So, even as we tear down statues of the fathers of confederation, because they held views, in the 19th century, that were mainstream then but offend some of us now, in the 21st century, we are afraid to to question the prevailing orthodoxy: the sun, itself, must revolve around this progressive world of ours. It is, for some inexplicable reason, right to remove the great Sir John A from our public spaces, but it is, somehow, wrong to question the values of cultures that permit, even encourage slavery and child marriage and the summary execution of gay men by throwing them off the tops of buildings … somehow we must not mention that the adherents of some cultures hold ‘values’ that are anathema to civilized societies, but we can try to erase great men from our history because they did things that seemed, to most reasonable people, to be right at the time.
We, Canadians, as a society, as a nation, have failed to enunciate our own values … and Twitter is not the right medium to do so. We need rational, reasoned discussion … and that is possible, difficult and unpopular, but possible. Unfortunately, Maxime Bernier has chosen the wrong medium … he chose one where he is hamstrung by the limitations of the platform but one where Gerald Butts can shout back, effectively, with considerable glee. But M. Bernier has opened the debate and Andrew Scheer, to his credit, has responded correctly, like a real adult, by affirming Maxime Bernier’s right to hold and enunciate views that he, Scheer, finds uncomfortable … that is the proper, liberal (which means Conservative in 21st century Canada) thing to do.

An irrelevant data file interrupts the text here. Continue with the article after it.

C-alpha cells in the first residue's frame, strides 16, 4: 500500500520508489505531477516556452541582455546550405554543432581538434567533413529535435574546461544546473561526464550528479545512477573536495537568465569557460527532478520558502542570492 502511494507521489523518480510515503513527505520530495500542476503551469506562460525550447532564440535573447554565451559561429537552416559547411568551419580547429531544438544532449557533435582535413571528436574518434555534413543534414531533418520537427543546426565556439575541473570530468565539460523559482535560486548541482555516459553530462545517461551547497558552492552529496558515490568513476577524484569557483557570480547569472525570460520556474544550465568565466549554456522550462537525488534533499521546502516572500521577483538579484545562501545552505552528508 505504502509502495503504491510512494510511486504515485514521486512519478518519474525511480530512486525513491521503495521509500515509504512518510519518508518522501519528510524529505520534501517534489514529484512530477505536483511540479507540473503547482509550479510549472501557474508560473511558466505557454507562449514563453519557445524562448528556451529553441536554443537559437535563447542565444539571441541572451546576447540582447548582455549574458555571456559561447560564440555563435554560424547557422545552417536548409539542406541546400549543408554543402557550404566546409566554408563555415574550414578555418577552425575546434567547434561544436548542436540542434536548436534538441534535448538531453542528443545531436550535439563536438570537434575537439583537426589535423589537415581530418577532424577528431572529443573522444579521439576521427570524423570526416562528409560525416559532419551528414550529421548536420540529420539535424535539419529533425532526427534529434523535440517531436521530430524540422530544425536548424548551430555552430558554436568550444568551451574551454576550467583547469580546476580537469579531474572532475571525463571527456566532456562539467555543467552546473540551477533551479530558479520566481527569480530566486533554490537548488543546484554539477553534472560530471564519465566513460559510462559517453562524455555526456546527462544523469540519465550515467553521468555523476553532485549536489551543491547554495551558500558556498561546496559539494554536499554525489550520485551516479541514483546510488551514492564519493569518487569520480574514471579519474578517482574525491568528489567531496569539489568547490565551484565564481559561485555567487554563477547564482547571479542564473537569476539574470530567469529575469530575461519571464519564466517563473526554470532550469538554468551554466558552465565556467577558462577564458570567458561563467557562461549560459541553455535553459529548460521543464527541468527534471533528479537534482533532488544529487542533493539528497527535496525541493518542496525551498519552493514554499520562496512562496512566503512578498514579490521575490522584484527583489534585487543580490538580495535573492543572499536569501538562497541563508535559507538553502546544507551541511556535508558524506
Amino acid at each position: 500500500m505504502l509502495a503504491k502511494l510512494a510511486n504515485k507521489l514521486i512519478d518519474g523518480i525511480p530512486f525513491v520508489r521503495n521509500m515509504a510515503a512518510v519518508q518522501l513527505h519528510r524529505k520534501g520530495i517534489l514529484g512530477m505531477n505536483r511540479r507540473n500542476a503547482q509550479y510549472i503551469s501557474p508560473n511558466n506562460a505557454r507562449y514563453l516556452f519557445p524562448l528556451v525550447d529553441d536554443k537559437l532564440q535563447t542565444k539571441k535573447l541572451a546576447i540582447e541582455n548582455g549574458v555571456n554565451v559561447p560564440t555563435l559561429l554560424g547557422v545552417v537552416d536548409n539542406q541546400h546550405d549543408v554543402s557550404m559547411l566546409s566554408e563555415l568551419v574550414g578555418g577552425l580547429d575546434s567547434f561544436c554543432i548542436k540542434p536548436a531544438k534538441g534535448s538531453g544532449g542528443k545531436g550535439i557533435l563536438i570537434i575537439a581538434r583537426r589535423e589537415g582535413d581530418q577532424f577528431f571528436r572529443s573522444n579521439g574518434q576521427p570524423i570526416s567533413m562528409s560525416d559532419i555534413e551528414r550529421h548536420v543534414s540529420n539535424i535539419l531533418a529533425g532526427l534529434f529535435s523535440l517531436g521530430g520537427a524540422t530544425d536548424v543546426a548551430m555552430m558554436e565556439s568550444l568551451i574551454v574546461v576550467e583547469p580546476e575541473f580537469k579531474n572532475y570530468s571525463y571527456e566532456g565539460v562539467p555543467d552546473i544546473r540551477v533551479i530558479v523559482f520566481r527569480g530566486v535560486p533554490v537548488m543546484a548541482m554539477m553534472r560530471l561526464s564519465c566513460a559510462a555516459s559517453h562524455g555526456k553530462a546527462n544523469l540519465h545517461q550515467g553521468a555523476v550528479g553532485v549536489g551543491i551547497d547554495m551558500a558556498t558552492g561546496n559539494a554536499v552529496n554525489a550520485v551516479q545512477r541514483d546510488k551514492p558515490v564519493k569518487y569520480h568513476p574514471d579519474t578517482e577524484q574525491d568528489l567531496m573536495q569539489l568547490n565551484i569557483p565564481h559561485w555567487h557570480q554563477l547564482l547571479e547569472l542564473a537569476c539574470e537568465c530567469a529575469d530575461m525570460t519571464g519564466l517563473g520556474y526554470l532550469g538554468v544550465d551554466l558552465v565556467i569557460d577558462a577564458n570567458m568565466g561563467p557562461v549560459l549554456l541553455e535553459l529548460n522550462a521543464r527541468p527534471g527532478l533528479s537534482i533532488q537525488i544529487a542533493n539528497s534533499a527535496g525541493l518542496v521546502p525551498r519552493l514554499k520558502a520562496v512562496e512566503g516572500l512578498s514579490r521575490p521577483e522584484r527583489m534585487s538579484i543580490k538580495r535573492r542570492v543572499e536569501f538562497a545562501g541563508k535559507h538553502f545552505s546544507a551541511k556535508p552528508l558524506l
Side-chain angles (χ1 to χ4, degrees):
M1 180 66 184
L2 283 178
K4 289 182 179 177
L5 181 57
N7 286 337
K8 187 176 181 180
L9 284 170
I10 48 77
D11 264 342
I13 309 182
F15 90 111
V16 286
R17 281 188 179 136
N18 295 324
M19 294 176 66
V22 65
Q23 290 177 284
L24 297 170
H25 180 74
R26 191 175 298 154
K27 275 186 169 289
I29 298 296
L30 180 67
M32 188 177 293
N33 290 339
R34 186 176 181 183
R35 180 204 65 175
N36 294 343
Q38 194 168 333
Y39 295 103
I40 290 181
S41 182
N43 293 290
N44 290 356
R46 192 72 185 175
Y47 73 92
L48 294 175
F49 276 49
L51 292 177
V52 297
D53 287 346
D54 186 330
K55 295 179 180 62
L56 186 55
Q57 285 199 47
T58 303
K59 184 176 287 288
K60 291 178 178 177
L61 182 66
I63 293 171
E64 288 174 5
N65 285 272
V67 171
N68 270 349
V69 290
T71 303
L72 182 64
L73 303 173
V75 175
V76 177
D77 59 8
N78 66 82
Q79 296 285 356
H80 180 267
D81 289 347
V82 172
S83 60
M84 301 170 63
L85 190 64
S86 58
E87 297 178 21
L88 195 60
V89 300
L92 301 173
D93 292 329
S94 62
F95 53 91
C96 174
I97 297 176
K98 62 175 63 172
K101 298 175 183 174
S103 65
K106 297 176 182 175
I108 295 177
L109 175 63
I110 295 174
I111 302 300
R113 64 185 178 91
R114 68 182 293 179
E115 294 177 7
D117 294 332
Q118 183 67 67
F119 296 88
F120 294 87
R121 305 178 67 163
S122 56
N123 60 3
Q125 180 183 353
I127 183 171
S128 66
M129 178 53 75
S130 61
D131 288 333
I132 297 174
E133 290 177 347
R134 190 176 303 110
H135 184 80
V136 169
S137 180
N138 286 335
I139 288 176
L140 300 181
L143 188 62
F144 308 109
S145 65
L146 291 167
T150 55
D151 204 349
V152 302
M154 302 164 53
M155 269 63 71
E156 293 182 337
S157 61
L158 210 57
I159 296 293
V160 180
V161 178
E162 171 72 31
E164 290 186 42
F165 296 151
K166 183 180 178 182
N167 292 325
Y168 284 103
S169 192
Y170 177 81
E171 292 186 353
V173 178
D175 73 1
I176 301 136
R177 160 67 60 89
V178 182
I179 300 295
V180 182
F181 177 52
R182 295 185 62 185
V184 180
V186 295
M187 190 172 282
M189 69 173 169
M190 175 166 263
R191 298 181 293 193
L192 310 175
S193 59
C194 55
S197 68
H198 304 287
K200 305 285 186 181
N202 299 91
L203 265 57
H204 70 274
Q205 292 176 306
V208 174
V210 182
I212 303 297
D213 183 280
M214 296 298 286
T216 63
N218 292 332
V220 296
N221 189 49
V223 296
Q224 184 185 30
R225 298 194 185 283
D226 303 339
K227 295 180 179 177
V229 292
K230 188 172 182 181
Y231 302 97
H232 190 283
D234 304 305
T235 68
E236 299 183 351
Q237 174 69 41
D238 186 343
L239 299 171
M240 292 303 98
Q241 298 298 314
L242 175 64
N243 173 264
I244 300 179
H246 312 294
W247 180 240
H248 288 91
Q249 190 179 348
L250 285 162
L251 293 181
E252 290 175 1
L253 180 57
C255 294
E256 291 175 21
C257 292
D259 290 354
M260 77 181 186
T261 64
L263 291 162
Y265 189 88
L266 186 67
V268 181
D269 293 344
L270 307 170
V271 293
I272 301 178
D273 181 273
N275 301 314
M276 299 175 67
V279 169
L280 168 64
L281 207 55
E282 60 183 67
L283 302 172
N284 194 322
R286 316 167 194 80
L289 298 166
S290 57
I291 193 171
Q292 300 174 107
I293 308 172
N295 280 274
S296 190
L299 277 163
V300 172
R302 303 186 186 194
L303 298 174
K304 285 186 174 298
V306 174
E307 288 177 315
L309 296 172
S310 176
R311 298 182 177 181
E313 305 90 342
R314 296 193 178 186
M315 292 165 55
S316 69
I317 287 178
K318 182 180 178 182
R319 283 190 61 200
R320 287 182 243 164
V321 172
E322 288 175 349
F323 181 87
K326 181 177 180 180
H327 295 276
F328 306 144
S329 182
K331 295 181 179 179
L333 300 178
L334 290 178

I hope that, unlike Dr Leitch’s campaign for values, this will not be turned into dog whistle politics by those on either the ultra-progressive or “angry old white men” political factions. The issue matters and it deserves better consideration than it is now getting. Kudos to Maxime Bernier for raising the issue, but raspberries for the method he has chosen to talk about it.
But, for the Conservative party this should be a non-issue, as Andrew MacDougall, also using Twitter, explains:
Almost everyone who shares M. Bernier’s concerns already votes for the Conservative party, if they vote at all and there are not many votes to be earned in the suburbs around Vancouver, Edmonton, Calgary, Winnipeg, Toronto, Ottawa and Montreal by talking about this issue.
So why is this an issue? Is M. Bernier, as Norman Spector suggests (on Twitter, again) …
… planning to stab Andrew Scheer in the back if he, Scheer, as he might, fails to unseat Justin Trudeau in 2019?
Is Maxime Bernier really a shoo-in for leader? Will his mix of
socially conservative populist* and libertarian policy proposals resonate with enough people. And what about e.g. Erin O’Toole and Lisa Raitt and Michelle Rempel, assuming her French improves enough? And might there be some Ontario Tories willing to jump into federal politics if Andrew Scheer doesn’t win in 2019? What about e.g. Caroline Mulroney, just for example? And might John Baird or even Peter MacKay re-enter the race?
* Edited to delete socially conservative and insert populist. It was a mix up made in haste; in my experience, some populists are social conservatives while many social conservatives are also populists. Maxime Bernier is NOT a social conservative but he is, now, pursuing a populist political model.